Early this week, Collective Campus hosted our pilot Lemonade Stand - Business School for Kids program. Focused on teaching entrepreneurship to kids, we hosted over a dozen children and taught them business-building basics, running them through the lean startup methodology, building business model canvas, prototyping - they even got to play with a 3D Printer and print their first designs.
While most parents we spoke to in the lead-up to our program were very positive, some parents disagreed, arguing 'kids should be allowed to be kids', and business was not something kids needed to learn, especially during the holidays.
The unfortunate and uncomfortable truth is schools are not adequately preparing students for the future. At the current rates, 65% of Australia's economy faces significant disruption - every one-to-two weeks, an S&P 500 company is replaced, and automation and robotics are predicted to take over 30% of existing jobs by 2025. Disruption is moving faster than ever, so kids need to become adaptable and empowered to take control, rather than stand still.
So how do schools prepare students for the age of digital disruption? Here are three things schools should be teaching children to make them future proof.
Gone are the days of 'avoid failure at all costs'. While school tests and exams may not necessarily reflect this, students need to understand that failing is ok, as long as they aim to fail small, and treat each failure as a learning exercise.
When Chrys Bader- Wechseler, co-founder of Secret app spoke to us, he told us he learned to code in his youth by modifying computer games, and that he biggest learnings came from fixing something he had accidentally broken.
By only choosing the safe path, and spending heaps of time and resources planning for every possible outcome and variable has resulted in the dearth of innovation and growth in many a company. By avoiding failure at all costs, companies (and students) alike miss out on valuable learnings, meaning when they eventually do make a mistake (and it's usually a big one), it's usually one that has much more significant consequences. A student's learning should always reflect this - to grow quickly and differentiate themselves, students need to learn it's ok to fail, to break things, and never to make that same mistake again.
With old, manual jobs becoming replaced with disruptive technology and virtually no industries left untouched or unchanged by digital technology, digital literacy has become almost essential in all jobs. New industries created or enabled by new technologies, such as Internet of Things, Machine Learning, and AI will also spring up; in fact, by 2020, it's estimated there will be one million unfilled programmer jobs in the US. This represents more opportunity than ever for those who understand code.
However, just as all students who learn to write won't become writers or all students who learn math will become mathematicians, coding too has become one of the fundamental skills all children should learn.
Learning how to code isn't just going to be important in employability. Coding teaches children new ways of understanding a problem and creating solutions, helping them adopt a procedural, step-by-step method of tackling tasks at hand. It develops a powerful hybrid of analytical and creative thinking, allowing people to problem solve in a procedural method while also allowing for self-expression and creativity.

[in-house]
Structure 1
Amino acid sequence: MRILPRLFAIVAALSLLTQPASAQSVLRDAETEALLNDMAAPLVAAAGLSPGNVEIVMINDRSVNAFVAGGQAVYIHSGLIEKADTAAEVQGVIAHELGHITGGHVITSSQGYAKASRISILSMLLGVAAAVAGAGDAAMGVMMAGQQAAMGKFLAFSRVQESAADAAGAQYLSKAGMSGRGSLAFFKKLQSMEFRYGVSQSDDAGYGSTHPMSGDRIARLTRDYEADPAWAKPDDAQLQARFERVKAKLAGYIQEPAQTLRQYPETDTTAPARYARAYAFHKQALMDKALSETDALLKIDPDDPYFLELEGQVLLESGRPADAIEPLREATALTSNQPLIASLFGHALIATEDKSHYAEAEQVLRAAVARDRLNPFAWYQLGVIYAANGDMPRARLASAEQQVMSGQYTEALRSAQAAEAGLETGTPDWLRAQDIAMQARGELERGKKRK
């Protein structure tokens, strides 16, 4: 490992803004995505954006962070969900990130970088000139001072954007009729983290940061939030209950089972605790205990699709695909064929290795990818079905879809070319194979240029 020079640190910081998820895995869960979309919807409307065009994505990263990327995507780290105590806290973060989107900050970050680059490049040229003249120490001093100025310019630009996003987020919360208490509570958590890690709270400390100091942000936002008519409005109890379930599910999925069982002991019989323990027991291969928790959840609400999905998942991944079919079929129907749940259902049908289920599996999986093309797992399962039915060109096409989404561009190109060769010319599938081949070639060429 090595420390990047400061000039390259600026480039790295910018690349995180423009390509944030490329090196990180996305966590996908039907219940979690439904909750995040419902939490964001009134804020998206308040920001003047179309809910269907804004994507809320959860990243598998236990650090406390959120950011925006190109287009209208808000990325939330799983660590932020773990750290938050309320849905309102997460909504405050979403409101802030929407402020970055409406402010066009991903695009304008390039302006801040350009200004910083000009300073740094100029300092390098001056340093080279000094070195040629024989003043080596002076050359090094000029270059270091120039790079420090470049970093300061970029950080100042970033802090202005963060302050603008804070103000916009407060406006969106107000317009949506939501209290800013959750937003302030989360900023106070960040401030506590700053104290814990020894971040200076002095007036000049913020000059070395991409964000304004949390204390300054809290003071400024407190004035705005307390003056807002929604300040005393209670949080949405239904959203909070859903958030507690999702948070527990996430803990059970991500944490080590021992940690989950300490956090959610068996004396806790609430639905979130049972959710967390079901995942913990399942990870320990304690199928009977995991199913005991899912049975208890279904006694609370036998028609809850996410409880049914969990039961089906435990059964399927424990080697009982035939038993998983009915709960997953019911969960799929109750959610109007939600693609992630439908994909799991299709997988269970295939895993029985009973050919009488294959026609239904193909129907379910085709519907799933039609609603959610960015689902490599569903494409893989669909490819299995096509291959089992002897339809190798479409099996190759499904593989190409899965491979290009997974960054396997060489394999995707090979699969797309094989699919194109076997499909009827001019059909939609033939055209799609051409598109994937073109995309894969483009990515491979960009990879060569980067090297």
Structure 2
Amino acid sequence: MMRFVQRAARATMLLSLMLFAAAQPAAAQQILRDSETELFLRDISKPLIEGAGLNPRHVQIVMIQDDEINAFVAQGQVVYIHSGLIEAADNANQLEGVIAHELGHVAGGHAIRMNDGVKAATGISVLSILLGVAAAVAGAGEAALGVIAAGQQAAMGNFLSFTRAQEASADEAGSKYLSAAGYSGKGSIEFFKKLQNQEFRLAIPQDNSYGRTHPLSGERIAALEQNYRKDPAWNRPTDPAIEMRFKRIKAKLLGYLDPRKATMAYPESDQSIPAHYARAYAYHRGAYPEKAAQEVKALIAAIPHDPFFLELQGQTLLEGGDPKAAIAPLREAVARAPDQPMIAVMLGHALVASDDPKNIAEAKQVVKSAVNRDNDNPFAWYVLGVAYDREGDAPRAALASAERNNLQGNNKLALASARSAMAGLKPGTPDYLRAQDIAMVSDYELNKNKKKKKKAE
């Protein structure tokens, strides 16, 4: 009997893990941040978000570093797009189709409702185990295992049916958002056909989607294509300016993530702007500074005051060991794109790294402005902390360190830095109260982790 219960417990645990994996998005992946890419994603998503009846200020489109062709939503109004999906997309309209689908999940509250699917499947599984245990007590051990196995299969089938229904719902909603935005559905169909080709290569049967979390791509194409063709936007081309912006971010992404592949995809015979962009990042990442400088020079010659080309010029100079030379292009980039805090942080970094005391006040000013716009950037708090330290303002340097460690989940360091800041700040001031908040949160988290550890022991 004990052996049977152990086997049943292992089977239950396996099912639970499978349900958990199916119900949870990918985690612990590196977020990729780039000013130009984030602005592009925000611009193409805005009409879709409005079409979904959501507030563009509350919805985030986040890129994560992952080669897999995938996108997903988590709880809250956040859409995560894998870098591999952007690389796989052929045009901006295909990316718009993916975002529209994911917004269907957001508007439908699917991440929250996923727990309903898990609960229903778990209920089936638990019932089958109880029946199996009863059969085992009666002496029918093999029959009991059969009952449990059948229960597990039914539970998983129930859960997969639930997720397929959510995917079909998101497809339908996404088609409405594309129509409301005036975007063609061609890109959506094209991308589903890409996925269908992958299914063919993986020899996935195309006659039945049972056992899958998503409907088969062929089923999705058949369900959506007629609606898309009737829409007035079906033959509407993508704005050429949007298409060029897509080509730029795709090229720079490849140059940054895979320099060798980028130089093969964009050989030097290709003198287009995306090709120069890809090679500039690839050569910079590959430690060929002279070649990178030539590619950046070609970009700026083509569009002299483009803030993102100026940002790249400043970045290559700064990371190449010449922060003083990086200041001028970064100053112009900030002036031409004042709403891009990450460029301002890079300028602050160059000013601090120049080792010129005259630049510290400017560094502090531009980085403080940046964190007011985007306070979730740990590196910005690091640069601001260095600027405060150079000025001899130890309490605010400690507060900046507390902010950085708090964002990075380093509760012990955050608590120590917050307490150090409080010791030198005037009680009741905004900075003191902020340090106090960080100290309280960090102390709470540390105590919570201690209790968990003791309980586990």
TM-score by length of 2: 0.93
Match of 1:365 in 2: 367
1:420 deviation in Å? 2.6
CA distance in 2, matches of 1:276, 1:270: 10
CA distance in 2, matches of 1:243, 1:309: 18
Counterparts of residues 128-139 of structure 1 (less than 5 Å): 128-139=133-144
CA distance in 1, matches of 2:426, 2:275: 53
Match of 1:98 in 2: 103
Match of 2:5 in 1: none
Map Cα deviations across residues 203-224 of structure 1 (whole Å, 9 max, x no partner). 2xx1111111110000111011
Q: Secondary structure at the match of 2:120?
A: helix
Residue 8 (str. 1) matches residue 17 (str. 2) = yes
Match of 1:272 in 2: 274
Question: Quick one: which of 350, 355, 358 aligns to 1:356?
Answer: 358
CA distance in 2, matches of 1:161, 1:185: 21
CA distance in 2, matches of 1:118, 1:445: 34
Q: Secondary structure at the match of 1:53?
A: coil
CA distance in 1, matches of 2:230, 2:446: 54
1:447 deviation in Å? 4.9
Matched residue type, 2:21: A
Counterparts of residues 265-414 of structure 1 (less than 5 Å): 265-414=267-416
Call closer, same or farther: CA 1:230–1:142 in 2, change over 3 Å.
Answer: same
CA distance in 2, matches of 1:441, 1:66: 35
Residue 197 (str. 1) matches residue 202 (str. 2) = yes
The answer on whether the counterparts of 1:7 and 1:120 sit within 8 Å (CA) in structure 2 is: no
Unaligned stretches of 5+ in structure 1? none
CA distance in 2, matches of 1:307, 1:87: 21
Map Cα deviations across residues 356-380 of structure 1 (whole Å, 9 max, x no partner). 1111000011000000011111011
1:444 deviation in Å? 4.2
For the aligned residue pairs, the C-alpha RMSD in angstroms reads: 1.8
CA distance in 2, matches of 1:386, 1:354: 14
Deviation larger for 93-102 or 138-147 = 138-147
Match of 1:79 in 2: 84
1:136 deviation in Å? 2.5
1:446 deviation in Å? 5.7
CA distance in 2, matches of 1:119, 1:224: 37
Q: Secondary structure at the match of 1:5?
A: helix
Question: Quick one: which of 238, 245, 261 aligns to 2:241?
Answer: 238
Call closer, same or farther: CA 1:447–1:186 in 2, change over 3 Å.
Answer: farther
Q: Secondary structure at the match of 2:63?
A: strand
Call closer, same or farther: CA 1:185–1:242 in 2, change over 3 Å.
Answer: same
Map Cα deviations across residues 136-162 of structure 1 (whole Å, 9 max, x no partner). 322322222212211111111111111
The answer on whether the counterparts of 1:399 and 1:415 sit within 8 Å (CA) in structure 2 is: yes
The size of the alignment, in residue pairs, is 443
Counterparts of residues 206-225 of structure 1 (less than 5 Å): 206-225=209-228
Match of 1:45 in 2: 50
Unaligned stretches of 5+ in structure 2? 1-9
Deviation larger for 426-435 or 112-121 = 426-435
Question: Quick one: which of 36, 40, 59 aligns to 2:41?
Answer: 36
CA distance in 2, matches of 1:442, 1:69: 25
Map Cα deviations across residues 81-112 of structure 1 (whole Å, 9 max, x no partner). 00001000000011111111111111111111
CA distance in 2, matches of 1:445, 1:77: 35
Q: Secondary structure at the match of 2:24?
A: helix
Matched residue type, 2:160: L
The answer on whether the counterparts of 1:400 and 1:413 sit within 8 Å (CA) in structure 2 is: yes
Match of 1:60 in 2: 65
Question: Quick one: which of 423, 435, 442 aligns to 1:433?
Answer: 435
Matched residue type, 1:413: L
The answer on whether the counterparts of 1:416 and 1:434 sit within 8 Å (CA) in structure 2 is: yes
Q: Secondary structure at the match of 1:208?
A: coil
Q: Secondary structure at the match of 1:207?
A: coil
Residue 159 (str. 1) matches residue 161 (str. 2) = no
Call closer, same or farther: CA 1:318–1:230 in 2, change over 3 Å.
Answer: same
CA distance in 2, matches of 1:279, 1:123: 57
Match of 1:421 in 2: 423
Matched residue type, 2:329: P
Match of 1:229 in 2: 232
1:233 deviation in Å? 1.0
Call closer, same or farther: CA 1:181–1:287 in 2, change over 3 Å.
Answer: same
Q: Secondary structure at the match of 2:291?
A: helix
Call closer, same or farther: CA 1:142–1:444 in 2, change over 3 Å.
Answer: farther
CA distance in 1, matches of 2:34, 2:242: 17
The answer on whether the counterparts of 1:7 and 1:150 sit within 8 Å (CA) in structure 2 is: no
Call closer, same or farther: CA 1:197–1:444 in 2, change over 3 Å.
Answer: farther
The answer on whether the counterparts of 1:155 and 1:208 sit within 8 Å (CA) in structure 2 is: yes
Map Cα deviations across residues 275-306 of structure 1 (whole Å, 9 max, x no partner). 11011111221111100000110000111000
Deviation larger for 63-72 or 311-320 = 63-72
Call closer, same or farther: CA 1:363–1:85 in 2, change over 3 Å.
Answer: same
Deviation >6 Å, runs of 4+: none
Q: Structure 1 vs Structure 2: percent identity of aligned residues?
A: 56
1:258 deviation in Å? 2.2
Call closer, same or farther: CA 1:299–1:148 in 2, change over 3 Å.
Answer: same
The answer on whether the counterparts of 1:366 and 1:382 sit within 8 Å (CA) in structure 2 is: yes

Design thinking is a process designed to create solutions to come up with ideas and fix complex problems. It's a human-centric process, integrating the possibilities of technology and requirements of the problem at hand into a framework of thinking that fuels innovation and creative thinking.
Although starting off as a method designers use, design thinking can be applied by anyone to any problem. Children can be taught design thinking in its most basic form so they can learn how to ask the right questions when addressing a problem, how to mine the information for the insights, and to create solutions from an inside-out perspective.
As an example of teaching design thinking to children, one of the exercises we used during our Lemonade Stand program was pairing the kids up and getting them to ask each other about their morning routines, with the aim of finding out how to optimise each others' mornings to get a better start in the day. The kids were encouraged to ask probing questions to get deep insights into their partner's routine, habits, and emotions, before drawing solutions. While children often have the propensity to come up with out-worldly, technologically unfeasible solutions, the overall goal of thinking outside the box can easily be achieved through simple exercises like these.
The most powerful thing about Design thinking is that it allows children to see problems as a whole, rather than to come up with fragmented solutions that form a stack. It also gives them a chance to embrace ambiguity that often comes with ingenuity, allowing them become creative with their solutions and look for opportunities that might otherwise be overlooked. The design thinking process also encourages the 'fail fast, learn fast' philosophy, encouraging children to learn and iteratively improve on their solutions. It's an adaptable way of thinking that children will be able to take with them long after their education has finished.
The WorkFlow podcast is hosted by Steve Glaveski with a mission to help you unlock your potential to do more great work in far less time, whether you're working as part of a team or flying solo, and to set you up for a richer life.
To help you avoid stepping into these all too common pitfalls, we’ve reflected on our five years as an organization working on corporate innovation programs across the globe, and have prepared 100 DOs and DON’Ts.